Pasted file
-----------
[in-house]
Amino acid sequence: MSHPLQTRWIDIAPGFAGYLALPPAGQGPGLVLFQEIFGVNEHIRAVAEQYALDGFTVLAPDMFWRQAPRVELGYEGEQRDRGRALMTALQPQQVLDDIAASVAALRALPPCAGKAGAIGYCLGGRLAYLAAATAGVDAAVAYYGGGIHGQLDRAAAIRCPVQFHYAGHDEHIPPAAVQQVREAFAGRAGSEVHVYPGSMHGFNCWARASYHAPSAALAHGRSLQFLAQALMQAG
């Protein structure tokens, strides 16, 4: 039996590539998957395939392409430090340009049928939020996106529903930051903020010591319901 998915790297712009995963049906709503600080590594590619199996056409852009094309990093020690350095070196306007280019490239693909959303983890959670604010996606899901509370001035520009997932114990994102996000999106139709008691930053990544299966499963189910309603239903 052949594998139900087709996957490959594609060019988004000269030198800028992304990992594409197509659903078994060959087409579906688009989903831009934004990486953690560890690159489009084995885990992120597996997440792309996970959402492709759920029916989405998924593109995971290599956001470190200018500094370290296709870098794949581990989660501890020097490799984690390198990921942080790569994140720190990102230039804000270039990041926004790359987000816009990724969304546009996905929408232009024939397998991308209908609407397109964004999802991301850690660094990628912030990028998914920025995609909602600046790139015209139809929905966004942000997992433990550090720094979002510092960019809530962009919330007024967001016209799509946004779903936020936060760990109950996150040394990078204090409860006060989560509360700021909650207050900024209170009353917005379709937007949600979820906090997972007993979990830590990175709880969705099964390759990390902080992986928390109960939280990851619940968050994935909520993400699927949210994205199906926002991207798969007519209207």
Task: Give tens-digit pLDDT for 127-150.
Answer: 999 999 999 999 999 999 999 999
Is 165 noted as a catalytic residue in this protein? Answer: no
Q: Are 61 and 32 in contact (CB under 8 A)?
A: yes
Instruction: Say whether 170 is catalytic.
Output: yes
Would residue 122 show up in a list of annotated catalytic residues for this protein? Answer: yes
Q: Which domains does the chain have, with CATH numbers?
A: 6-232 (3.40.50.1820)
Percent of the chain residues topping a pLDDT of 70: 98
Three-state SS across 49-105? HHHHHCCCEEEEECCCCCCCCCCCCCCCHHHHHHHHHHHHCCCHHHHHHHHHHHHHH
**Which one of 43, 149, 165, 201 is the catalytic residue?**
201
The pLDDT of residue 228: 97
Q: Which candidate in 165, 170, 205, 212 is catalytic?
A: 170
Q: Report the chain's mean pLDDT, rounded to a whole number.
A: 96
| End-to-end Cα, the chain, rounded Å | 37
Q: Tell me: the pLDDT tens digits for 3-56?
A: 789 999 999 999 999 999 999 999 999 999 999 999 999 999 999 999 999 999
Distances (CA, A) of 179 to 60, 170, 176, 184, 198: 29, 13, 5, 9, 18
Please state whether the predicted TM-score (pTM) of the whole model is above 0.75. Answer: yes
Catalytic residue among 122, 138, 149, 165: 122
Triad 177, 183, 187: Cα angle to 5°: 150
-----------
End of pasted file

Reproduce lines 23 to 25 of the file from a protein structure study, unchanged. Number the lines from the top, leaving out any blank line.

| End-to-end Cα, the chain, rounded Å | 37
Q: Tell me: the pLDDT tens digits for 3-56?
A: 789 999 999 999 999 999 999 999 999 999 999 999 999 999 999 999 999 999